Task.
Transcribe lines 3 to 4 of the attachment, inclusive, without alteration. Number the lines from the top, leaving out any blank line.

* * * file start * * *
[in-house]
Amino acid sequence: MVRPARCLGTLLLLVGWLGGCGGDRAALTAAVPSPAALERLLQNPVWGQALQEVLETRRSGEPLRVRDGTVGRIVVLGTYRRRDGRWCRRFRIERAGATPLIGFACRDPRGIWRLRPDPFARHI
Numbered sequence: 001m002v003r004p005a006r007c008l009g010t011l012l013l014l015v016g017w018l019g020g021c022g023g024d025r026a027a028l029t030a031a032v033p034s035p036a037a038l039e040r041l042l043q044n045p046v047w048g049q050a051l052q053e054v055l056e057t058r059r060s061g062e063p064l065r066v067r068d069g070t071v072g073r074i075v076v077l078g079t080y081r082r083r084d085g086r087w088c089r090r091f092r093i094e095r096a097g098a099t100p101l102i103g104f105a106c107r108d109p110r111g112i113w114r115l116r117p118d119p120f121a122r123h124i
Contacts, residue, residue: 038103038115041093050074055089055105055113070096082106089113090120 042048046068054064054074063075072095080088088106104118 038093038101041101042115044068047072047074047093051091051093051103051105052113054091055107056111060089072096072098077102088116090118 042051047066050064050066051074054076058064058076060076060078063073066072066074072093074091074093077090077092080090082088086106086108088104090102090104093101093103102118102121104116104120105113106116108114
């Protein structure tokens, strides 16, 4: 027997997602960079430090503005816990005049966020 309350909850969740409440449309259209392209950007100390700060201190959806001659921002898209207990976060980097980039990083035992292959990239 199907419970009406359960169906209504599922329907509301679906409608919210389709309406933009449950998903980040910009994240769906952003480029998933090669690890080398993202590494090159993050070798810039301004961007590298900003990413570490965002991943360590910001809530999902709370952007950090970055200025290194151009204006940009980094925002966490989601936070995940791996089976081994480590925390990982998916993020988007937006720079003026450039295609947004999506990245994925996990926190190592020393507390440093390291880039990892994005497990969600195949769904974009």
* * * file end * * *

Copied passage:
Numbered sequence: 001m002v003r004p005a006r007c008l009g010t011l012l013l014l015v016g017w018l019g020g021c022g023g024d025r026a027a028l029t030a031a032v033p034s035p036a037a038l039e040r041l042l043q044n045p046v047w048g049q050a051l052q053e054v055l056e057t058r059r060s061g062e063p064l065r066v067r068d069g070t071v072g073r074i075v076v077l078g079t080y081r082r083r084d085g086r087w088c089r090r091f092r093i094e095r096a097g098a099t100p101l102i103g104f105a106c107r108d109p110r111g112i113w114r115l116r117p118d119p120f121a122r123h124i
Contacts, residue, residue: 038103038115041093050074055089055105055113070096082106089113090120 042048046068054064054074063075072095080088088106104118 038093038101041101042115044068047072047074047093051091051093051103051105052113054091055107056111060089072096072098077102088116090118 042051047066050064050066051074054076058064058076060076060078063073066072066074072093074091074093077090077092080090082088086106086108088104090102090104093101093103102118102121104116104120105113106116108114